Saturday, February 16, 2008

The Rules of the Game

Just to insure a good controversy, the Democratic nomination will come down to "super-delegates", regardless of the remaining primaries. Even if one of candidates had a clean sweep (which wont happen), they wouldn't have enough delegates for a first ballot nomination.
Judging by my email, neither side is happy about this. "Let the voters decide" is the mantra.
Except that this is the direct result of the Democratic party primary rules. Rules so convoluted that even the experts disagree on what the current score is (each of the major networks show a different total delegate count).
The Republicans have a nice, simple scoring system: "winner take all." That's it. Like Baseball, the score is settled and the game is either a win or a loss.
The Democratic scoring system is more like Olympic gymnastics (or figure skating). Rules vary by state, and points (delegates) are awarded on a variety of criteria. So candidate "A" scores points for nailing certain moves (say, districts), while candidate "B" ends with a higher score for the round. Nevada is a classic example of the Democratic muddle, where Clinton won the state overall, but Obama won more delegates.
So the Democratic party, in their infinate wisdom, created "super" delegates to make sure that the final score was "fair." But the super delegates are like the "Austrian" judge in gymnastics: they're suspected of being biased. Their motivation and integrity are in question.
Whoever ends up as the Democraric nominee will be seen as tainted by the opposition, because the final score will be questionable. Because the scoring system is subjective, the results are open to debate.
But those are the rules of the game.
(Graphic added)

Friday, February 15, 2008

Posting the Friday Boobie

Hope to post more later, but here's a pair of Boobies for Friday.

Thursday, February 14, 2008

Obstructionism in Action

The Republicans are having a bit of drama today:

Unable to come to agreement on the issue, the House decided to move onto other issues today, including a memorial service for Rep. Tom Lantos (D-Calif.), who died earlier this week, and long-pending contempt citations for White House aides who refuse to honor congressional subpoenas.

That’s when everything got ugly.

Moments after President Bush threatened to delay his weekend trip to Africa and force Congress to act before key intelligence programs expire, House Republicans staged a walkout to protest Democratic inaction on the Foreign Intelligence Surveillance Act bill. Frustrated Republicans streamed out of the Capitol and onto the east steps of the Capitol, a powerful act aimed at stopping House floor proceedings and forcing a vote on the FISA bill.

The Republican walkout came after an angry morning in which both sides accused each other of improperly using House floor procedures during the memorial service of Rep. Tom Lantos (D-Calif.) who died Monday. Republicans were also angry that Democrats are taking up contempt resolutions against White House Chief of Staff Josh Bolten and former counsel Harriet Miers.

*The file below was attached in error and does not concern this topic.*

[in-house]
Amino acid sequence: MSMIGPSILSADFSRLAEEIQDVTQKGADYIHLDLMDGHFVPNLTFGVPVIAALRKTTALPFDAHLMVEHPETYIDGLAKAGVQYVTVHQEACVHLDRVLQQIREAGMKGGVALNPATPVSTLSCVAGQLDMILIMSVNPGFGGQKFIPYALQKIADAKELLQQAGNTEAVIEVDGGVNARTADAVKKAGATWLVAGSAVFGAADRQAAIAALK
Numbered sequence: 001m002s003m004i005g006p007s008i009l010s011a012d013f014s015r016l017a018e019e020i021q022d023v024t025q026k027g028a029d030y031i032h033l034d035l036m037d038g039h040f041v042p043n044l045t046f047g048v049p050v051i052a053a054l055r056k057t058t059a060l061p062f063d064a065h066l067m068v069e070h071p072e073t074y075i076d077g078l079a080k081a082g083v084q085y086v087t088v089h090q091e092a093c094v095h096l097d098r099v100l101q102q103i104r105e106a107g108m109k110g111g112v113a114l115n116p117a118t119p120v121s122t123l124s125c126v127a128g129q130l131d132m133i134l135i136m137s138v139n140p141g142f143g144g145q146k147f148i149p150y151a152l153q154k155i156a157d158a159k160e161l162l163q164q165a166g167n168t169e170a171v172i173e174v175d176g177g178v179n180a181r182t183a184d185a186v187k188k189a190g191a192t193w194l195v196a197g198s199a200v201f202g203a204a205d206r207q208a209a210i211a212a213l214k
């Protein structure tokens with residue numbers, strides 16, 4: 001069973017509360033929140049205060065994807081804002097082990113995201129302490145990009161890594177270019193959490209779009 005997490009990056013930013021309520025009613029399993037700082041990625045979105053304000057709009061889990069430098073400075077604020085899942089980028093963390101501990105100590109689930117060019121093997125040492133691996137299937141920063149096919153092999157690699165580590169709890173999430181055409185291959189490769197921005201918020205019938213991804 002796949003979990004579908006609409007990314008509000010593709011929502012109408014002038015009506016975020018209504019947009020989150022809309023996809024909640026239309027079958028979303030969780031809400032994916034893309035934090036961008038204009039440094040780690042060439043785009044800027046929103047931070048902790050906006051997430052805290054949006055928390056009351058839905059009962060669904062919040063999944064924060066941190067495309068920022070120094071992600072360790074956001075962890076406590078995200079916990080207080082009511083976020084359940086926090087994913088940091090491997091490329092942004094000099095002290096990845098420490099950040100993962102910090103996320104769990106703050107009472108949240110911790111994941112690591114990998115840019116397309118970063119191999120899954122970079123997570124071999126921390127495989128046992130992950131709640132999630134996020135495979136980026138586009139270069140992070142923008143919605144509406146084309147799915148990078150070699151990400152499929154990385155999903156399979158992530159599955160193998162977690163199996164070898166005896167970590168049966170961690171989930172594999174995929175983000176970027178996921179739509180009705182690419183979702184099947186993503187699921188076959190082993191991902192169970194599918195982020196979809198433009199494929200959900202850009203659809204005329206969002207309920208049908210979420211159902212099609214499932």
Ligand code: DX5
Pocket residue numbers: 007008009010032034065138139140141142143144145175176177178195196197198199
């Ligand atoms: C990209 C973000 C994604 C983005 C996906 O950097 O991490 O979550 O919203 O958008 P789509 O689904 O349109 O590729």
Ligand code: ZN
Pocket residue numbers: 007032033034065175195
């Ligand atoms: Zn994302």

Minority Leader John A. Boehner (R-Ohio), led his colleagues out of the chamber in a dramatic gesture, saying “let’s just get up and leave.” But it’s not clear if anything will come of the theatrics, as Democrats have refused to take up a Foreign Intelligence Surveillance Act bill. Democrats do not want to pass a bill with lawsuit immunity for telecom firms as the White House has demanded.

“Failure to act would harm our ability to monitor new terrorist activities, and could reopen dangerous gaps in our intelligence,” President Bush said in an afternoon press conference.

Republicans took quite a few firm stands this morning, all of which were wrong.

Now that's shameful. Disrupt a memorial for a long term fellow member. Then obstruct procedure for purely partisan reasons.

Whenever congress gets called "do-nothing", remember that it is the Republicans who are the obstructionists.

Current Events

I haven't done much current events blogging lately for a variety of reasons. Head cold (it's better), lack of enthusiasm, and a general anger and disgust.
America has now openly embraced torture. There's a lot of weasel words being used, but the rest of the world sees what we're doing.

WASHINGTON (AFP) - US President George W. Bush plans to veto legislation passed by the Senate to bar the CIA from using harsh interrogation methods including waterboarding, a spokeswoman said Thursday.

"The president will veto that bill," said White House spokeswoman Dana Perino.

"The United States needs the ability to interrogate effectively, within the law, captured Al-Qaeda terrorists."

And it has the support of at least one Supreme Court Justice:

Today in an interview with BBC Radio’s Law in Action, U.S. Supreme Court Justice Antonin Scalia defended torture, claiming that it is not necessarily barred by the Constitution:

Is it really so easy to determine that smacking someone in the face to find out where he has hidden the bomb that is about to blow up Los Angeles is prohibited under the Constitution? Because smacking someone in the face would violate the 8th amendment in a prison context. You can’t go around smacking people about.

Is it obvious that what can’t be done for punishment can’t be done to exact information that is crucial to this society? It’s not at all an easy question, to tell you the truth.

The BBC interviewer, however, objected to Scalia’s use of the so-called “ticking time bomb” scenario to justify government torture. “It’s a bizarre scenario,” he said. “Because the fact is, it’s very unlikely you’re going to have the one person who can give you that information. So if you use that as an excuse to commit torture, perhaps that’s a dangerous thing.” Scalia responded:

Seems to me you have to say, as unlikely as that is, it would be absurd to say that you can’t stick something under the fingernails, smack them in the face. It would be absurd to say that.